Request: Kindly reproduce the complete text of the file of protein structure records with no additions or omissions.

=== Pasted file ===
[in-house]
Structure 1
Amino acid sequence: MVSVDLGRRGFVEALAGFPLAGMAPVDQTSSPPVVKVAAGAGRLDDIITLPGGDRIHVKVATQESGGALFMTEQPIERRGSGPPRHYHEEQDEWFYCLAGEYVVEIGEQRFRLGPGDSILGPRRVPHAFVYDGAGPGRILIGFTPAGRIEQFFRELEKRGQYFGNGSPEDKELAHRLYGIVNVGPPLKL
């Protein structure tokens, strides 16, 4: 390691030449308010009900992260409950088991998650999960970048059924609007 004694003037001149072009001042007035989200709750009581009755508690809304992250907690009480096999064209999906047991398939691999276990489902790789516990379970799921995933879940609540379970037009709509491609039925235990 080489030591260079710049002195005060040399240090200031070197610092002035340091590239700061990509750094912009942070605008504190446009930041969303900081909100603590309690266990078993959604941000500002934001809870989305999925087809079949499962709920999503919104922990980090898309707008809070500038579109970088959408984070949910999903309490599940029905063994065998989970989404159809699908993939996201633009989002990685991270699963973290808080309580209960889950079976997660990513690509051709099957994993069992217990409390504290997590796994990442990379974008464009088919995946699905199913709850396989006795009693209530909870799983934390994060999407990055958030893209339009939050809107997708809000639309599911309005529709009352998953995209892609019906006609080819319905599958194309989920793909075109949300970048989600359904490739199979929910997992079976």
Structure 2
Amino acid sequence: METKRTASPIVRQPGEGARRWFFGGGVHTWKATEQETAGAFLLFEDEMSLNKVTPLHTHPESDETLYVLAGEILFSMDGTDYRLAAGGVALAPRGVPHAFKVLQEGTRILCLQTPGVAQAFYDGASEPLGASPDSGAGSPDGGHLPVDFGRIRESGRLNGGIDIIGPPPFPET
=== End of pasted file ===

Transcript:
[in-house]
Structure 1
Amino acid sequence: MVSVDLGRRGFVEALAGFPLAGMAPVDQTSSPPVVKVAAGAGRLDDIITLPGGDRIHVKVATQESGGALFMTEQPIERRGSGPPRHYHEEQDEWFYCLAGEYVVEIGEQRFRLGPGDSILGPRRVPHAFVYDGAGPGRILIGFTPAGRIEQFFRELEKRGQYFGNGSPEDKELAHRLYGIVNVGPPLKL
């Protein structure tokens, strides 16, 4: 390691030449308010009900992260409950088991998650999960970048059924609007 004694003037001149072009001042007035989200709750009581009755508690809304992250907690009480096999064209999906047991398939691999276990489902790789516990379970799921995933879940609540379970037009709509491609039925235990 080489030591260079710049002195005060040399240090200031070197610092002035340091590239700061990509750094912009942070605008504190446009930041969303900081909100603590309690266990078993959604941000500002934001809870989305999925087809079949499962709920999503919104922990980090898309707008809070500038579109970088959408984070949910999903309490599940029905063994065998989970989404159809699908993939996201633009989002990685991270699963973290808080309580209960889950079976997660990513690509051709099957994993069992217990409390504290997590796994990442990379974008464009088919995946699905199913709850396989006795009693209530909870799983934390994060999407990055958030893209339009939050809107997708809000639309599911309005529709009352998953995209892609019906006609080819319905599958194309989920793909075109949300970048989600359904490739199979929910997992079976």
Structure 2
Amino acid sequence: METKRTASPIVRQPGEGARRWFFGGGVHTWKATEQETAGAFLLFEDEMSLNKVTPLHTHPESDETLYVLAGEILFSMDGTDYRLAAGGVALAPRGVPHAFKVLQEGTRILCLQTPGVAQAFYDGASEPLGASPDSGAGSPDGGHLPVDFGRIRESGRLNGGIDIIGPPPFPET